boat in the arctic
USCG Cutter Healy and Canadian Ship Louis S. St. Laurent in Arctic Ocean. (Photo credit: JK Roberts, USGS)

Climate change is causing the Arctic sea ice to thin, making more Arctic waters accessible to shipping and transportation, research and exploration, and other economic development activities. Increased maritime activities in the region pose potential risks to the pristine Arctic environment, especially in areas used by fishing vessels, offshore oil and gas industry and cruise liners.

The National Science Foundation granted nearly $800,000 in funding to University of Hawaiʻi at Mānoa researchers to develop a state-of-the-art mathematical model to predict interactions between sea ice and ships or industrial structures. Additionally, the research team will create a risk-assessment system for shipping and other operations in the Arctic.

“The interaction between the built and natural environment shapes social and economic realities in the Arctic in observable ways,” said Deniz Gedikli, lead investigator on the new grant and assistant professor of Ocean and Resources Engineering at the UH Mānoa School of Ocean and Earth Science and Technology (SOEST). “We anticipate that, in the end, the knowledge acquired through the project will benefit a wide range of stakeholders, such as residents, businesses, local, regional and government agencies, and academia who are invested in the both natural and social well-being of the region to enable resilient and sustainable Arctic communities.”

boat in the arctic

In the Arctic, the major barrier deterring the understanding of the physical environment is that all the components of the Arctic system interact with each other in a complex, evolving pattern. Further, marine structures operating in icy areas of the region also cause changes in the Arctic icescape. Therefore, the researchers include three important aspects in this project—the built environment, natural environment and social systems.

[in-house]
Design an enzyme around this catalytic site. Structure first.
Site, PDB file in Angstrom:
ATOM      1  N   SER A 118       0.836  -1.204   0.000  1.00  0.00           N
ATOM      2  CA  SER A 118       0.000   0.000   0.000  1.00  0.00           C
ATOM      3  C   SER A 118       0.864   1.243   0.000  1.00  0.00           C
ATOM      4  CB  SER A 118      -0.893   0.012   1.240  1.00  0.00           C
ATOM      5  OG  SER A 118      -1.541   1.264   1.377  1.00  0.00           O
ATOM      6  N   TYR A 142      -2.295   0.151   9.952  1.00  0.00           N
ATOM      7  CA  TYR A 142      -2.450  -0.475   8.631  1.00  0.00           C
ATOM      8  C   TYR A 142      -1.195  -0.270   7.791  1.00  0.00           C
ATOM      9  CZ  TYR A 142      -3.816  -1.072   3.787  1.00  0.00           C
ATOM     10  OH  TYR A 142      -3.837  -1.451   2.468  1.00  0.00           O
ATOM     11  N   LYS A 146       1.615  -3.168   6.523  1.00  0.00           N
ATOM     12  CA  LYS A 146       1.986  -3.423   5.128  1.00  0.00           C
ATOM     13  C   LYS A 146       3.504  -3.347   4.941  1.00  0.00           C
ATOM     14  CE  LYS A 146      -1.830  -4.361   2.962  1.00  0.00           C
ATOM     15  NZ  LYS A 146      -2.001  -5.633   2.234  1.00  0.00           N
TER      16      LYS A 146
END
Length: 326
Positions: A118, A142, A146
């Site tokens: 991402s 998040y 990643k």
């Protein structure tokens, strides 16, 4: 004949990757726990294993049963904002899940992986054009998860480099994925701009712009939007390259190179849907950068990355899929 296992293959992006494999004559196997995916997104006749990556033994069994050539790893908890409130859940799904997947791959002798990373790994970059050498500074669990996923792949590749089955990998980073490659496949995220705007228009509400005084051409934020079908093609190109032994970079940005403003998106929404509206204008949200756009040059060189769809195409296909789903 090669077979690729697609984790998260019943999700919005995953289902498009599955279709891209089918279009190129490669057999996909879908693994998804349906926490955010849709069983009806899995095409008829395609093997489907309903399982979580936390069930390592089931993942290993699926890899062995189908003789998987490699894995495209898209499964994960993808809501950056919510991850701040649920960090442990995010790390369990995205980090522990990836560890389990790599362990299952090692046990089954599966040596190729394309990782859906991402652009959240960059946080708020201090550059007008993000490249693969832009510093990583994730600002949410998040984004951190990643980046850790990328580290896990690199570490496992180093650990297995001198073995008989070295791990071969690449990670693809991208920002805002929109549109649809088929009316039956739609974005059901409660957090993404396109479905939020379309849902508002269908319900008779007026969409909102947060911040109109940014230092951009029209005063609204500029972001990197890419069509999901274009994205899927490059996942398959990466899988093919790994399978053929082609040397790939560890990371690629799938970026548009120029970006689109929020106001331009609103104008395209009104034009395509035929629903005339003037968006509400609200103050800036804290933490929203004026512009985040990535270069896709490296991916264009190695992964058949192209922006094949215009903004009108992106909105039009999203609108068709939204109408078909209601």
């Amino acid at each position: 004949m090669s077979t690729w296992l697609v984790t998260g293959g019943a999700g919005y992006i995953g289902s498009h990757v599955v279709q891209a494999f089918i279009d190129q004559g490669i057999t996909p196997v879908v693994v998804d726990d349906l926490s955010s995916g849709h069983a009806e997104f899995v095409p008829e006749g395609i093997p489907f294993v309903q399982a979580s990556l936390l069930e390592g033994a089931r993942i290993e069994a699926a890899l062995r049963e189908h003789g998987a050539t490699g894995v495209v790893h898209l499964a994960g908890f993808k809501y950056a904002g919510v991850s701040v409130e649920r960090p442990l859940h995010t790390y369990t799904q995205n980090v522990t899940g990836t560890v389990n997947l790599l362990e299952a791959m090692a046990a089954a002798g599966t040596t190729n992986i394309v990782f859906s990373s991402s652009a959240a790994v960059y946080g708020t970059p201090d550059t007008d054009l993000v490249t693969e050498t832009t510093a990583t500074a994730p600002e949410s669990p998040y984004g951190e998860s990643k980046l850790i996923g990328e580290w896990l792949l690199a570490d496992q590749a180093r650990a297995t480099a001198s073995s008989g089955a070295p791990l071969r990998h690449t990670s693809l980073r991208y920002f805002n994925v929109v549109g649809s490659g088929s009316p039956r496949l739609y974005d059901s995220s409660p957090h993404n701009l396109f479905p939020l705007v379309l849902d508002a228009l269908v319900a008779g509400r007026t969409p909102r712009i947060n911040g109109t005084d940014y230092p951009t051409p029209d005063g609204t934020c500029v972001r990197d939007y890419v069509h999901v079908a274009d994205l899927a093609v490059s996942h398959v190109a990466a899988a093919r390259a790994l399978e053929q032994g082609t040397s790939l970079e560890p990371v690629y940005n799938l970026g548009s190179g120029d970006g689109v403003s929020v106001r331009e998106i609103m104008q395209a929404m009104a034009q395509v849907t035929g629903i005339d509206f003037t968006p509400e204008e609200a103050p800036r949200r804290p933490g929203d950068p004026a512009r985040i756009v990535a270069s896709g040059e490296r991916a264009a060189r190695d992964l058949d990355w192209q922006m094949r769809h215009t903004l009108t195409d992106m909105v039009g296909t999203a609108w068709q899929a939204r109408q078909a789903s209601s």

Gedikli and Oceana Francis, co-investigator and Civil and Environmental Engineering and Hawaiʻi Sea Grant College Program associate professor, will use a combination of data from field experiments, models, satellites and observations to explore complex interactions between ice and marine structures in the Arctic to provide safe shipping and operations in the region.

The developed model will be used to form a novel risk assessment concept which will help ship operators and people working on other man-made structures to make informed decisions during operations in the Arctic. To further assess their risk assessment model, Gedikli and Francis will also collaborate with two large fishing companies from Alaska, which agreed to test the proposed framework.

A long-distance connection

In addition to several graduate students and postdoctoral researchers who will work on this project, the team will hire undergraduate students during the summer months to help increase climate change awareness among young investigators across the globe and in Hawaiʻi.

This research is an example of UH Mānoa’s goal of Excellence in Research: Advancing the Research and Creative Work Enterprise (PDF), one of four goals identified in the 2015–25 Strategic Plan (PDF), updated in December 2020.

For more information, see SOEST’s website.

–By Marcie Grabowski